Red turf - whatever next?

Dr Kate Entwistlein Consultancy

Kate Entwistle mr.jpgDuring the late spring and autumn months, patches of red/purple discolouration can develop on close mown turf, and the cause is often automatically regarded as being fungal.

However, in many cases, the reddening of the leaf is nothing to do with fungal activity but the cause is a natural phenomenon that will not result in any lasting damage to the turf. There certainly are fungi that can cause a reddening to turfgrass plants during the same times of the year and the aim of this article is to identify the causes of these two problems and also to mention a third potential cause for this observed turf discolouration.

In 1999, Dr Peter Dernoeden wrote an article in Turfax that explained two of the common causes for why turfgrasses develop red/purple discolouration, and I will pick up on some of his comments here. His article is readily accessible and well worth a read, especially if you manage turf that routinely shows this patchy discolouration.

Although this discolouration of the turf often appears as distinct, disease-like patches across the sward, I believe that the most common cause for the symptom is a natural development within the plant. To explain what is happening, we need to look at the process of photosynthesis and what happens to the sugars that are produced by this process.

During the spring months, as day-time temperatures and light levels increase, turfgrass plants start to increase their rate of photosynthesis. The result of photosynthesis is the production of carbohydrates or sugars (photosynthates) within the leaf that will ultimately be used in other physiological processes throughout the plant. During the normal course of events, these sugars that are produced during the day-time will be translocated out of the leaf and into the crown or root tissues during the night, where they will be stored or used as necessary within the plant.

However, as with all physiological processes, the rate of this translocation is affected by temperature and, as temperatures fall, the rate of movement is reduced. If night-time temperatures are low, anything from about 7OC and below, the translocation of these photosynthates will be significantly reduced, and this will lead to their accumulation within the leaf. These photosynthates/sugars are often quite naturally bound to other molecules within the plant, producing what we refer to as 'anthocyanins'.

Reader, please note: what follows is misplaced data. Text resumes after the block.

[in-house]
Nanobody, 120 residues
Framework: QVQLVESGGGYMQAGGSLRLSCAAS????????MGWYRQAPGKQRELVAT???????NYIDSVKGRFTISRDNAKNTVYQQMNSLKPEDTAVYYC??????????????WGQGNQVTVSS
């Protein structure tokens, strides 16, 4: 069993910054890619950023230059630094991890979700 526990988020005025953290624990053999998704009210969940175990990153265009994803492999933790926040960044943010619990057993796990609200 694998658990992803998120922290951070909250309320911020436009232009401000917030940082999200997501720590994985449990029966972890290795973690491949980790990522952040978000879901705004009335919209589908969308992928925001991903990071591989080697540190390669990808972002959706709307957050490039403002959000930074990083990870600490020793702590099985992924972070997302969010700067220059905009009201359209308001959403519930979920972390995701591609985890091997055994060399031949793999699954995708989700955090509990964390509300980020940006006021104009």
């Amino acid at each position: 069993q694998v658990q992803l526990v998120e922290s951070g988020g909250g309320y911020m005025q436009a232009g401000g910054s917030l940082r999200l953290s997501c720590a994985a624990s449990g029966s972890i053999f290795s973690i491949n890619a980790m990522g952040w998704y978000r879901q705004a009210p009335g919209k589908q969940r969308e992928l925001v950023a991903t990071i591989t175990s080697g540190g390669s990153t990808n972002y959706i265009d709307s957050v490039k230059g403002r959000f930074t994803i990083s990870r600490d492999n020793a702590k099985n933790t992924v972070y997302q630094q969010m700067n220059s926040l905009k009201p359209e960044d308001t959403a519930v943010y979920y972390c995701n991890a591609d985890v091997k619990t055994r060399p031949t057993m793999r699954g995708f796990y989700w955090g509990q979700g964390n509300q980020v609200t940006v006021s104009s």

There are various anthocyanins within the cells of plants and their colour and quantity will vary depending on the plant and the ambient environmental conditions. These anthocyanins are quite naturally found in healthy plants but their presence is often masked by the overwhelming presence of chlorophyll which makes the grass appear green. As the photosynthates accumulate in the leaf under cool night-time temperatures the leaf colour will change from green, through purple to red.

However, if this foliar discolouration is a natural event (caused by the accumulation of anthocyanins within the leaf that have been produced during day-time photosynthesis but not translocated out of the leaf due to cool evening temperatures), why would all plants in the sward not become equally affected and the entire turf turn red?

The plant is a complicated set of physiological processes and different plant species will naturally react differently to any given set of environmental conditions. It is a fact that, for example, in a close-mown Agrostis - Poa annua sward, all grasses will experience an effect on photosynthesis during warm, bright day-time conditions and cool nights but that some grasses will be affected to a greater extent than others.

Certain cultivars of a given grass type will show a more extreme reaction, producing greater amounts of anthocyanins or being able to translocate less as temperatures fall. Established turf will naturally segregate in to areas dominated by different species or clones of a grass type and this segregation may not be apparent when the plants are not under physiological stress. However, their differing response to ambient conditions can show up as a patchy discoloured sward.

Since this accumulation of the anthocyanins in the leaf is a normal process, the effect will be reduced as night-time temperatures start to increase. There is no need for any product application to manage the symptoms, nature will do that, and without any lasting detriment to the health of the plant.

One way of telling if this natural phenomenon is the cause of the patchy discolouration, is to look at how the red/purple colour is developing on the leaf. If the discolouration is affecting much of the exposed leaf blade and, more specifically, if it is only developing on the upper surface with the underside of the leaf remaining green, you can be sure that the problem is physiological. Bentgrasses are quite prone to this reddening and different bentgrass species and cultivars will develop the discolouration to varying degrees. Poa annua can also be affected and an example of the discolouration is shown in Figure 1.
However, as I mentioned at the beginning of the article, there is also a potential fungal cause for the reddening of turfgrasses during the spring and autumn months and it is important to be able to distinguish between these problems.